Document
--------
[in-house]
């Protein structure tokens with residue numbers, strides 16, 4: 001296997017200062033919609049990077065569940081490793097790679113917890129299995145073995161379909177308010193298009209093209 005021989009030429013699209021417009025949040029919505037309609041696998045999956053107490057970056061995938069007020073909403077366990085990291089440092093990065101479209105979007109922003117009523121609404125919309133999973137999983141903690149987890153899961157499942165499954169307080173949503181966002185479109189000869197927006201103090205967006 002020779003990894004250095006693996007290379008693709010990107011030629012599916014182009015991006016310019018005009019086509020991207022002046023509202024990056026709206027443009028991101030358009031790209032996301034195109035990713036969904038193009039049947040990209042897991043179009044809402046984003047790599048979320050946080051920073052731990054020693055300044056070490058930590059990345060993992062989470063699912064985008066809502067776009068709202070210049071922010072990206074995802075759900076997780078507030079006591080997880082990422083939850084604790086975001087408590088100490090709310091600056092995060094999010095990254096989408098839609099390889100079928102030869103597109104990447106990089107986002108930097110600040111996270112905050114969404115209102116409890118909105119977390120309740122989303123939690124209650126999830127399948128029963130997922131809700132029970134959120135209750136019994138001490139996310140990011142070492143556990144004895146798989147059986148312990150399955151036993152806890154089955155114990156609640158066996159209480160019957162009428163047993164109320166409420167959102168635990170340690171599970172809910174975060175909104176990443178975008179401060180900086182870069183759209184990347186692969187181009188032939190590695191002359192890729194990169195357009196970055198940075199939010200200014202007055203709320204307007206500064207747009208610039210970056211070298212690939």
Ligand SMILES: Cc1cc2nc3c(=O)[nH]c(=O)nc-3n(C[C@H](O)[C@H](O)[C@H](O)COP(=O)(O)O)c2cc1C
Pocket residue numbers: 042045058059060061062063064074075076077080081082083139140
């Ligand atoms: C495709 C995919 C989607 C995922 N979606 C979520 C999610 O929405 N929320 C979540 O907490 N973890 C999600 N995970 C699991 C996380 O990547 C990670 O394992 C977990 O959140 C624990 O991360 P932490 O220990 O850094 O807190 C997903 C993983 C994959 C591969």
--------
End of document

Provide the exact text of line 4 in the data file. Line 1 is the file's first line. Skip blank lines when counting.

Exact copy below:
Pocket residue numbers: 042045058059060061062063064074075076077080081082083139140